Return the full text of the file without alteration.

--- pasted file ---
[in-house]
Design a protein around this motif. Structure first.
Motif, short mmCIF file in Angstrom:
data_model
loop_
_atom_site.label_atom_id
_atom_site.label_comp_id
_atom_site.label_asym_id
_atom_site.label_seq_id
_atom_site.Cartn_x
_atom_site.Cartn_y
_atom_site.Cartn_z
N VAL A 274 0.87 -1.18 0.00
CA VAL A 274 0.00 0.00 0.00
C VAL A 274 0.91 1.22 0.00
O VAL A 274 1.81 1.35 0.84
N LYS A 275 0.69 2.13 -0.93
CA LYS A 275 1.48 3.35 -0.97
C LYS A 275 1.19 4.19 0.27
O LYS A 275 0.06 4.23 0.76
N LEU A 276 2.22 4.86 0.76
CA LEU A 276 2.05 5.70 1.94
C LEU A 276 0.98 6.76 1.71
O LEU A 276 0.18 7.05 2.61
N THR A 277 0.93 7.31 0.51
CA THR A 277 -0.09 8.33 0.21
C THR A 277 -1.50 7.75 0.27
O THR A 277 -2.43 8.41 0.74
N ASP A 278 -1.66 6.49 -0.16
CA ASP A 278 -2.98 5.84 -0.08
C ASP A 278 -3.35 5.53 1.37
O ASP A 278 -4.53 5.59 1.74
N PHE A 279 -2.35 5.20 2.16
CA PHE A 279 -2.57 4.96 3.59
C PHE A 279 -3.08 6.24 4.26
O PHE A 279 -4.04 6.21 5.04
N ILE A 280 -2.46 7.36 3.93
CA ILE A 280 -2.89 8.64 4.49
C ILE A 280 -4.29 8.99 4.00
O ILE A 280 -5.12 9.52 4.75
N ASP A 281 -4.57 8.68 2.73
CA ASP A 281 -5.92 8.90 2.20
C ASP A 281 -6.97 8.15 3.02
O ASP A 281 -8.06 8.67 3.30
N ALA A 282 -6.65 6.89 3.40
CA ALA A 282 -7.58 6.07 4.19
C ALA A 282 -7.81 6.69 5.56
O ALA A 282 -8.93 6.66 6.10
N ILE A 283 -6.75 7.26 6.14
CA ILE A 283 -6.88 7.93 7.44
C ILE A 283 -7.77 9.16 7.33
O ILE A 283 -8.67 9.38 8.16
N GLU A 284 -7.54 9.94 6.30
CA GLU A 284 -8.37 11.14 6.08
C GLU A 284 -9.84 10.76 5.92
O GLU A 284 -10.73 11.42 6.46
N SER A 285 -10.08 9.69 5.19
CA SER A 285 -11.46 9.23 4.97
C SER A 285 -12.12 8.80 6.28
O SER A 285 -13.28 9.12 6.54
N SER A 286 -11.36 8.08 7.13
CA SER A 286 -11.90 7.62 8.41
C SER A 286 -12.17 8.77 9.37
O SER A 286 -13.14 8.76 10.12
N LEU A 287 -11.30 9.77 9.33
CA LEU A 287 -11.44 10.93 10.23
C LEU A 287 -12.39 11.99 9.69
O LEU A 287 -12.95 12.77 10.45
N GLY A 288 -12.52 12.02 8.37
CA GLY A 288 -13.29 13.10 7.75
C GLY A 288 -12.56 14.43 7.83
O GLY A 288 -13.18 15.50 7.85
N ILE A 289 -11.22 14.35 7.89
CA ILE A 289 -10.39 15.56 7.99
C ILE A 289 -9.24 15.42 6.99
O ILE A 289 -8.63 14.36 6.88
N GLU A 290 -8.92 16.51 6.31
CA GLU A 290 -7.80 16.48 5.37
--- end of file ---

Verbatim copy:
[in-house]
Design a protein around this motif. Structure first.
Motif, short mmCIF file in Angstrom:
data_model
loop_
_atom_site.label_atom_id
_atom_site.label_comp_id
_atom_site.label_asym_id
_atom_site.label_seq_id
_atom_site.Cartn_x
_atom_site.Cartn_y
_atom_site.Cartn_z
N VAL A 274 0.87 -1.18 0.00
CA VAL A 274 0.00 0.00 0.00
C VAL A 274 0.91 1.22 0.00
O VAL A 274 1.81 1.35 0.84
N LYS A 275 0.69 2.13 -0.93
CA LYS A 275 1.48 3.35 -0.97
C LYS A 275 1.19 4.19 0.27
O LYS A 275 0.06 4.23 0.76
N LEU A 276 2.22 4.86 0.76
CA LEU A 276 2.05 5.70 1.94
C LEU A 276 0.98 6.76 1.71
O LEU A 276 0.18 7.05 2.61
N THR A 277 0.93 7.31 0.51
CA THR A 277 -0.09 8.33 0.21
C THR A 277 -1.50 7.75 0.27
O THR A 277 -2.43 8.41 0.74
N ASP A 278 -1.66 6.49 -0.16
CA ASP A 278 -2.98 5.84 -0.08
C ASP A 278 -3.35 5.53 1.37
O ASP A 278 -4.53 5.59 1.74
N PHE A 279 -2.35 5.20 2.16
CA PHE A 279 -2.57 4.96 3.59
C PHE A 279 -3.08 6.24 4.26
O PHE A 279 -4.04 6.21 5.04
N ILE A 280 -2.46 7.36 3.93
CA ILE A 280 -2.89 8.64 4.49
C ILE A 280 -4.29 8.99 4.00
O ILE A 280 -5.12 9.52 4.75
N ASP A 281 -4.57 8.68 2.73
CA ASP A 281 -5.92 8.90 2.20
C ASP A 281 -6.97 8.15 3.02
O ASP A 281 -8.06 8.67 3.30
N ALA A 282 -6.65 6.89 3.40
CA ALA A 282 -7.58 6.07 4.19
C ALA A 282 -7.81 6.69 5.56
O ALA A 282 -8.93 6.66 6.10
N ILE A 283 -6.75 7.26 6.14
CA ILE A 283 -6.88 7.93 7.44
C ILE A 283 -7.77 9.16 7.33
O ILE A 283 -8.67 9.38 8.16
N GLU A 284 -7.54 9.94 6.30
CA GLU A 284 -8.37 11.14 6.08
C GLU A 284 -9.84 10.76 5.92
O GLU A 284 -10.73 11.42 6.46
N SER A 285 -10.08 9.69 5.19
CA SER A 285 -11.46 9.23 4.97
C SER A 285 -12.12 8.80 6.28
O SER A 285 -13.28 9.12 6.54
N SER A 286 -11.36 8.08 7.13
CA SER A 286 -11.90 7.62 8.41
C SER A 286 -12.17 8.77 9.37
O SER A 286 -13.14 8.76 10.12
N LEU A 287 -11.30 9.77 9.33
CA LEU A 287 -11.44 10.93 10.23
C LEU A 287 -12.39 11.99 9.69
O LEU A 287 -12.95 12.77 10.45
N GLY A 288 -12.52 12.02 8.37
CA GLY A 288 -13.29 13.10 7.75
C GLY A 288 -12.56 14.43 7.83
O GLY A 288 -13.18 15.50 7.85
N ILE A 289 -11.22 14.35 7.89
CA ILE A 289 -10.39 15.56 7.99
C ILE A 289 -9.24 15.42 6.99
O ILE A 289 -8.63 14.36 6.88
N GLU A 290 -8.92 16.51 6.31
CA GLU A 290 -7.80 16.48 5.37